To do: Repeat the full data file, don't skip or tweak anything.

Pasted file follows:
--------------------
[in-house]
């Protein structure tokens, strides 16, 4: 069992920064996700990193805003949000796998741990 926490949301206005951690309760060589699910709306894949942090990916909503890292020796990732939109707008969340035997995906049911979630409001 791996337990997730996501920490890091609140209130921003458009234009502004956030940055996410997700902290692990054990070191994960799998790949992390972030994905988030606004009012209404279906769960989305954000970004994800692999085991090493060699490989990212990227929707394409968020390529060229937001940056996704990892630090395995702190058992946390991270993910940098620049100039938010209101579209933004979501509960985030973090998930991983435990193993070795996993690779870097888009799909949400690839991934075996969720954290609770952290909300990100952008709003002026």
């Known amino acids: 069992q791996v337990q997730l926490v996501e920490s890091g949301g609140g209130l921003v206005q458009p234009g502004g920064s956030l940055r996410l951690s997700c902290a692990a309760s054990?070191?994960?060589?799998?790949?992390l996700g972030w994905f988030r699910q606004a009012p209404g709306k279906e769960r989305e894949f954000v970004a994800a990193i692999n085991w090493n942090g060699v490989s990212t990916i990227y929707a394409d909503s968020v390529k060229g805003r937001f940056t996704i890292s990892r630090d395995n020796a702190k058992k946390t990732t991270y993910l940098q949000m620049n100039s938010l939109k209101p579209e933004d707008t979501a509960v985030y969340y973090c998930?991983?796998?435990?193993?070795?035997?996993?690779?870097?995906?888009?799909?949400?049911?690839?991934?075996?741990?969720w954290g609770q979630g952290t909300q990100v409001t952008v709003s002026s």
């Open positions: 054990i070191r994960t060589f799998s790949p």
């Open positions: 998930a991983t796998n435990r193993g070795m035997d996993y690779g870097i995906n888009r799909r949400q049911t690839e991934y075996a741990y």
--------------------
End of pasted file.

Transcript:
[in-house]
């Protein structure tokens, strides 16, 4: 069992920064996700990193805003949000796998741990 926490949301206005951690309760060589699910709306894949942090990916909503890292020796990732939109707008969340035997995906049911979630409001 791996337990997730996501920490890091609140209130921003458009234009502004956030940055996410997700902290692990054990070191994960799998790949992390972030994905988030606004009012209404279906769960989305954000970004994800692999085991090493060699490989990212990227929707394409968020390529060229937001940056996704990892630090395995702190058992946390991270993910940098620049100039938010209101579209933004979501509960985030973090998930991983435990193993070795996993690779870097888009799909949400690839991934075996969720954290609770952290909300990100952008709003002026």
């Known amino acids: 069992q791996v337990q997730l926490v996501e920490s890091g949301g609140g209130l921003v206005q458009p234009g502004g920064s956030l940055r996410l951690s997700c902290a692990a309760s054990?070191?994960?060589?799998?790949?992390l996700g972030w994905f988030r699910q606004a009012p209404g709306k279906e769960r989305e894949f954000v970004a994800a990193i692999n085991w090493n942090g060699v490989s990212t990916i990227y929707a394409d909503s968020v390529k060229g805003r937001f940056t996704i890292s990892r630090d395995n020796a702190k058992k946390t990732t991270y993910l940098q949000m620049n100039s938010l939109k209101p579209e933004d707008t979501a509960v985030y969340y973090c998930?991983?796998?435990?193993?070795?035997?996993?690779?870097?995906?888009?799909?949400?049911?690839?991934?075996?741990?969720w954290g609770q979630g952290t909300q990100v409001t952008v709003s002026s």
């Open positions: 054990i070191r994960t060589f799998s790949p």
């Open positions: 998930a991983t796998n435990r193993g070795m035997d996993y690779g870097i995906n888009r799909r949400q049911t690839e991934y075996a741990y």